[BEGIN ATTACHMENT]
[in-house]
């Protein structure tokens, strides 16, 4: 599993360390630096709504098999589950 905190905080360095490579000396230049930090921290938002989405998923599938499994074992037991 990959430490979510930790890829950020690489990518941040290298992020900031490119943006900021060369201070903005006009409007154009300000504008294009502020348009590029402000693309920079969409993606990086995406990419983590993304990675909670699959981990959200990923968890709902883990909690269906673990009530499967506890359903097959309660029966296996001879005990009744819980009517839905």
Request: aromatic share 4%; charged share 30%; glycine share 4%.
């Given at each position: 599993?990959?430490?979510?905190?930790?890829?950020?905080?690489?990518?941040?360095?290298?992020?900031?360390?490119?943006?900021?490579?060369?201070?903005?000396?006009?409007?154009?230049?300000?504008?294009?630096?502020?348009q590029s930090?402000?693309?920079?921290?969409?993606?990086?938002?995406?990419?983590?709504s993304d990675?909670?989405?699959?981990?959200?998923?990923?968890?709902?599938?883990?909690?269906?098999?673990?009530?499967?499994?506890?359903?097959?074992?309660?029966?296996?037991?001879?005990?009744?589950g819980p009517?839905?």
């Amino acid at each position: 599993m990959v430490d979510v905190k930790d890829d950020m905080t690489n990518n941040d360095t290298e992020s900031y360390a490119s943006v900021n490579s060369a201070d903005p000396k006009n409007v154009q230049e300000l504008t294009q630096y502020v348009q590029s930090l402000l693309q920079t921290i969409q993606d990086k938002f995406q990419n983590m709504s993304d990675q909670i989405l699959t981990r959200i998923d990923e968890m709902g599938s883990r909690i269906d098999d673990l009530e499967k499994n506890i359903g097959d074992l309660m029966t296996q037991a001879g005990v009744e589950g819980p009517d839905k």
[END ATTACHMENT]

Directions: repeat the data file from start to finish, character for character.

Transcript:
[in-house]
């Protein structure tokens, strides 16, 4: 599993360390630096709504098999589950 905190905080360095490579000396230049930090921290938002989405998923599938499994074992037991 990959430490979510930790890829950020690489990518941040290298992020900031490119943006900021060369201070903005006009409007154009300000504008294009502020348009590029402000693309920079969409993606990086995406990419983590993304990675909670699959981990959200990923968890709902883990909690269906673990009530499967506890359903097959309660029966296996001879005990009744819980009517839905």
Request: aromatic share 4%; charged share 30%; glycine share 4%.
């Given at each position: 599993?990959?430490?979510?905190?930790?890829?950020?905080?690489?990518?941040?360095?290298?992020?900031?360390?490119?943006?900021?490579?060369?201070?903005?000396?006009?409007?154009?230049?300000?504008?294009?630096?502020?348009q590029s930090?402000?693309?920079?921290?969409?993606?990086?938002?995406?990419?983590?709504s993304d990675?909670?989405?699959?981990?959200?998923?990923?968890?709902?599938?883990?909690?269906?098999?673990?009530?499967?499994?506890?359903?097959?074992?309660?029966?296996?037991?001879?005990?009744?589950g819980p009517?839905?």
């Amino acid at each position: 599993m990959v430490d979510v905190k930790d890829d950020m905080t690489n990518n941040d360095t290298e992020s900031y360390a490119s943006v900021n490579s060369a201070d903005p000396k006009n409007v154009q230049e300000l504008t294009q630096y502020v348009q590029s930090l402000l693309q920079t921290i969409q993606d990086k938002f995406q990419n983590m709504s993304d990675q909670i989405l699959t981990r959200i998923d990923e968890m709902g599938s883990r909690i269906d098999d673990l009530e499967k499994n506890i359903g097959d074992l309660m029966t296996q037991a001879g005990v009744e589950g819980p009517d839905k």